Table 3. Model parameters for three ordinary least squares regression models predicting change in perception of fright, danger, and shark bite intentionality.

Regression results also indicate that in addition to treatment, demographic/behavior attributes also predict the pre-post changes observed. Political affiliation was significant in all three models, indicating larger decreases in fright (β = −0.17, p < 0.05), danger (β = −0.22, p < 0.01), and intentionality (β = −0.16, p < 0.10) for liberals compared to their conservative counterparts (Table 3). In the Change in Danger model, sex, and frequency of swimming in the ocean were also significant. Female respondents reported higher danger scores than male respondents (β = 0.47, p < 0.05), and frequent swimmers had lower danger scores compared to those for rarely or never swim in the ocean (β = −0.29, p < 0.05; Table 3). In the Change in Intentionality model, sex was also significant, indicating female respondents considered shark bites to be more intentional acts than male respondents (β = 0.42, p < 0.05; Table 3).

Results indicate support for H6 but not H7. Chi-square results indicate a significant change in blame pre-post positive treatment [X2 (4, N = 172) = 17.91, p = 0.001]. As a result of the positive treatment, respondents tended to shift blame from sharks (15% pre-test, 5% post-test) to swimmers (38% pre-test, 42% post-test) or no one (42% pre-test, 48% post-test). Chi-square results indicate no changes in blame pre-post negative treatment [X2 (4, N = 168) = 2.31, p = 0.679; Table 4].


Table 4. Who is to blame when sharks bite people, broken down by treatment.

Shark management preferences

Baseline preferences indicated an initial preference for non-lethal shark management strategies. The top four preferred strategies were non-lethal and were education (M = 4.66; Scale: 1 = Strongly Disagree to 5 = Strongly Agree), research (M = 4.29), technology (M = 4.00), and leave the shark alone (M = 3.61). Shark nets was the most preferred lethal option, ranking 5th overall, behind four non-lethal methods, with a pre-test mean approval score of 2.65. The bottom three strategies based on pre-test baseline scores were do nothing (M = 2.62), drum lines (M = 1.90), and hunt the shark that bit someone (M = 1.85).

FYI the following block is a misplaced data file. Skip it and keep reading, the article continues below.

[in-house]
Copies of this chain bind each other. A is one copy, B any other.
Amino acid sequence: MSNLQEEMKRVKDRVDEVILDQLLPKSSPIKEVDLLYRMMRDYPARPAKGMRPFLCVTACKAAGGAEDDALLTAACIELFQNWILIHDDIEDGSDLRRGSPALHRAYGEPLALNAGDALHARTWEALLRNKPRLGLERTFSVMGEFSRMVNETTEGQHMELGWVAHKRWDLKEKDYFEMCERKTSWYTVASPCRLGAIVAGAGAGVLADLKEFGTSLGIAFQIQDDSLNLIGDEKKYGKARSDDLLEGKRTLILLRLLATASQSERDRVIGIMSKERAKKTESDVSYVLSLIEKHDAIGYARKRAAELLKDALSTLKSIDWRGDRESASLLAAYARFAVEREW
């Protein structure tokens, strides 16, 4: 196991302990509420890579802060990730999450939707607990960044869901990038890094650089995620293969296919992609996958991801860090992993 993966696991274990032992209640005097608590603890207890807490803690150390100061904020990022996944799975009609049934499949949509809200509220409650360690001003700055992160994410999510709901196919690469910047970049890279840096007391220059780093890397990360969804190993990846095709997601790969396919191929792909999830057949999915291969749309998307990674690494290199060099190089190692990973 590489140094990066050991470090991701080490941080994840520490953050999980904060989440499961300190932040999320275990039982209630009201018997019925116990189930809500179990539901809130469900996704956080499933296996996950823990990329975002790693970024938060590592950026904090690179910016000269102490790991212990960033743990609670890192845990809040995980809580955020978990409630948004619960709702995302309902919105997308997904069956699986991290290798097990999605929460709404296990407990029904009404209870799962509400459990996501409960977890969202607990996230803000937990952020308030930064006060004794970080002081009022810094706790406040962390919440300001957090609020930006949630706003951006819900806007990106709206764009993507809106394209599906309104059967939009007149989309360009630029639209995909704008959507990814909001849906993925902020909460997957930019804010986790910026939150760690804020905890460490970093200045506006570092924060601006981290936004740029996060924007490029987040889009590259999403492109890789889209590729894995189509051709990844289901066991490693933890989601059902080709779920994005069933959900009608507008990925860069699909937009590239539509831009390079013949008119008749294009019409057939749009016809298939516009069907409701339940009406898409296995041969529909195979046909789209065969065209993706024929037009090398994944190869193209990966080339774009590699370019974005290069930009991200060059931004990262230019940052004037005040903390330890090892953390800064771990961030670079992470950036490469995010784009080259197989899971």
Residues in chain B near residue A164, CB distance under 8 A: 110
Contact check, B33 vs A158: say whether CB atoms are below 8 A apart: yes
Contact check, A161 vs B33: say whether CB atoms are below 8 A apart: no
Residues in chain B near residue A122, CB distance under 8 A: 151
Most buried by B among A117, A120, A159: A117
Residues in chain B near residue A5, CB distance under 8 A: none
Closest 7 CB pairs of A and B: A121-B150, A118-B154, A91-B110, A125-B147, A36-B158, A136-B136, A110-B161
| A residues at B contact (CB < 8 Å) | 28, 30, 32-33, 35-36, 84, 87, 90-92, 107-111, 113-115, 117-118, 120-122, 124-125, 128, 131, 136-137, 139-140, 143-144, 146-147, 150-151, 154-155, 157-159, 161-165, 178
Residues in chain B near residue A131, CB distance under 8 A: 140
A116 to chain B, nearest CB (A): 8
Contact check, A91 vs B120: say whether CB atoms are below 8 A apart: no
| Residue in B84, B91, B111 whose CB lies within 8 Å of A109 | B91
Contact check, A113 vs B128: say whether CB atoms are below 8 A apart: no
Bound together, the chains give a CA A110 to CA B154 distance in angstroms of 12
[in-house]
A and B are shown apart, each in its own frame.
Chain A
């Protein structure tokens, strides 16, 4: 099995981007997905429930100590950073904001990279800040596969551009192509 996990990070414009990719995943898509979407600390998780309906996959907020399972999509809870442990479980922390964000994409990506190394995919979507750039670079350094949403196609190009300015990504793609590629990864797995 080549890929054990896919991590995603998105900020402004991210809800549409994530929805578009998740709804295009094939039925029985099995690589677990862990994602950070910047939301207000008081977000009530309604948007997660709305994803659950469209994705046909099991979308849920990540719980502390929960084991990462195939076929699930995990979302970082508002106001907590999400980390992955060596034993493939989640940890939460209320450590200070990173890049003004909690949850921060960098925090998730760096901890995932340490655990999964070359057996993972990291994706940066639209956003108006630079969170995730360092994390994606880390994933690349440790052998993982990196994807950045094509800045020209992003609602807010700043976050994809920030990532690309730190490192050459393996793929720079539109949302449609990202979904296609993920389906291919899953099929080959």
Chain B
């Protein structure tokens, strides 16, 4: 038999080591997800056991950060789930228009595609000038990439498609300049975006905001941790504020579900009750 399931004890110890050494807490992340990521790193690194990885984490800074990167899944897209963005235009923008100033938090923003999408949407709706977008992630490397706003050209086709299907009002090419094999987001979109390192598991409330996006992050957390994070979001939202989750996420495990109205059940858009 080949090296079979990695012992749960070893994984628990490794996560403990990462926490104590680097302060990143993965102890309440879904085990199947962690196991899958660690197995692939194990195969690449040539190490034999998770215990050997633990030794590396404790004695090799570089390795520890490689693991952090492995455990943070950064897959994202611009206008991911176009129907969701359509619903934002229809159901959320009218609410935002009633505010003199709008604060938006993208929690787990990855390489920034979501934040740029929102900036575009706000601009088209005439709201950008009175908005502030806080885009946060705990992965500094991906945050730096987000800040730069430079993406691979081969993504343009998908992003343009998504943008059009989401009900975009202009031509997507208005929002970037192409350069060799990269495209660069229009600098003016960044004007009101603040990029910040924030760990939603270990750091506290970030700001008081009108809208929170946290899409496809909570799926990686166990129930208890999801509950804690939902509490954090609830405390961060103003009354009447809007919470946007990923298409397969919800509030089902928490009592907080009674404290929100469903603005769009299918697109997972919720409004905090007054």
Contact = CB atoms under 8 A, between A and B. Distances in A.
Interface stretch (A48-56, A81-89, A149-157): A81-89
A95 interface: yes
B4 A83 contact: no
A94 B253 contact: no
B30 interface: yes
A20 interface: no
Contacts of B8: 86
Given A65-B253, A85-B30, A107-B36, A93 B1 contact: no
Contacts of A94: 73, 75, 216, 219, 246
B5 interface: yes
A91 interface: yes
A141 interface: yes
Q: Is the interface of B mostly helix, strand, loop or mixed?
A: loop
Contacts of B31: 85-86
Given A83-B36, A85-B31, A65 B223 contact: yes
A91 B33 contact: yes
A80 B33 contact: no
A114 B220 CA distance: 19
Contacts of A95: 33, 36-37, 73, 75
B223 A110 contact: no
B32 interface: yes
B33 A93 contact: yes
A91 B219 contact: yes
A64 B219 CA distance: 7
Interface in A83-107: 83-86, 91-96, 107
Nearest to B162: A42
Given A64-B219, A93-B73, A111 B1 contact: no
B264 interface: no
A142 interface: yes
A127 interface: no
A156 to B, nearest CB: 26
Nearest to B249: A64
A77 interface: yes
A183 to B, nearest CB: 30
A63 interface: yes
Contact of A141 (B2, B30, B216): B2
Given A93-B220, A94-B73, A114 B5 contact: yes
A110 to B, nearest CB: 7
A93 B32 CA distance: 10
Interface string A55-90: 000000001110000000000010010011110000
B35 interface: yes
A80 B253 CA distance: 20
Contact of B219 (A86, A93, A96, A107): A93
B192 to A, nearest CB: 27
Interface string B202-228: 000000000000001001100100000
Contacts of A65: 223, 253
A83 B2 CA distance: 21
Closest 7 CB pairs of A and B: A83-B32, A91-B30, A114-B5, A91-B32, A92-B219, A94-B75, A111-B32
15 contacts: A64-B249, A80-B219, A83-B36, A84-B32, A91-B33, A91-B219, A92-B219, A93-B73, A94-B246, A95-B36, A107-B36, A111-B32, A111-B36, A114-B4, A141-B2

Results indicate support for H8 and mixed support for H9, H10, and H11. Positive YouTube messaging decreased support for all three lethal post bite response measures. Support for shark nets decreased by 11% (pre M = 2.73, post M = 2.44, p < 0.001), support for hunting the shark that bit someone decreased by 11% (pre M = 1.93, post M = 1.71, p < 0.001), and support for baited drum lines decreased by 10% (pre M = 1.94, post M = 1.75, p < 0.01; Table 5). Negative YouTube messaging increased support for two of the three lethal measures, increasing support for hunting the shark the bit someone by 10% (pre M = 1.77, post M = 1.95, p < 0.001), and support for baited drum lines by 13% (pre M = 1.87, post M = 2.11, p < 0.01; Table 5). For the five non-lethal post bite response strategies, positive YouTube messaging increased support for three measures, increasing support for education by 3% (pre M = 4.61, post M = 4.73, p < 0.01), research by 4% (pre M = 4.24, post M = 4.40, p < 0.01), and leave the shark alone by 7% (pre M = 3.51, post M = 3.77, p < 0.001; Table 5). Negative YouTube messaging decreased support for two non-lethal measures, decreasing support for leave the shark alone by 8% (pre M = 3.72, post M = 3.42, p < 0.001) and do nothing by 8% (pre M = 2.66, post M = 2.45, p < 0.01; Table 5).


Table 5. Individual measures of post shark bite response strategies and associated pre and post treatment mean and standard deviation response values, and paired t-test results.


This study suggests YouTube videos may be an effective tool to decrease fear of sharks, perceptions of intentionality associated with shark bites, and support for lethal forms of shark management. These results align with prior literature indicating carefully framed communication about sharks has the potential to shape public perceptions of the species, including risk from sharks (Lapinski et al., 2020; le Busque et al., 2021), fear of sharks, and perceived intentionality of shark attacks (Pepin-Neff and Wynter, 2018b). These findings also contribute to prior literature that suggests social media videos can influence public perceptions of carnivore species, including tolerance of sharks (Beall et al., 2022) and wolves (Casola et al., 2020). More broadly, our results add to a growing body of literature that suggests public perceptions of a variety of environmental topics are shaped by how issues are framed on social media (Hilverda et al., 2017; Jacobson et al., 2019; Lewandowsky et al., 2020).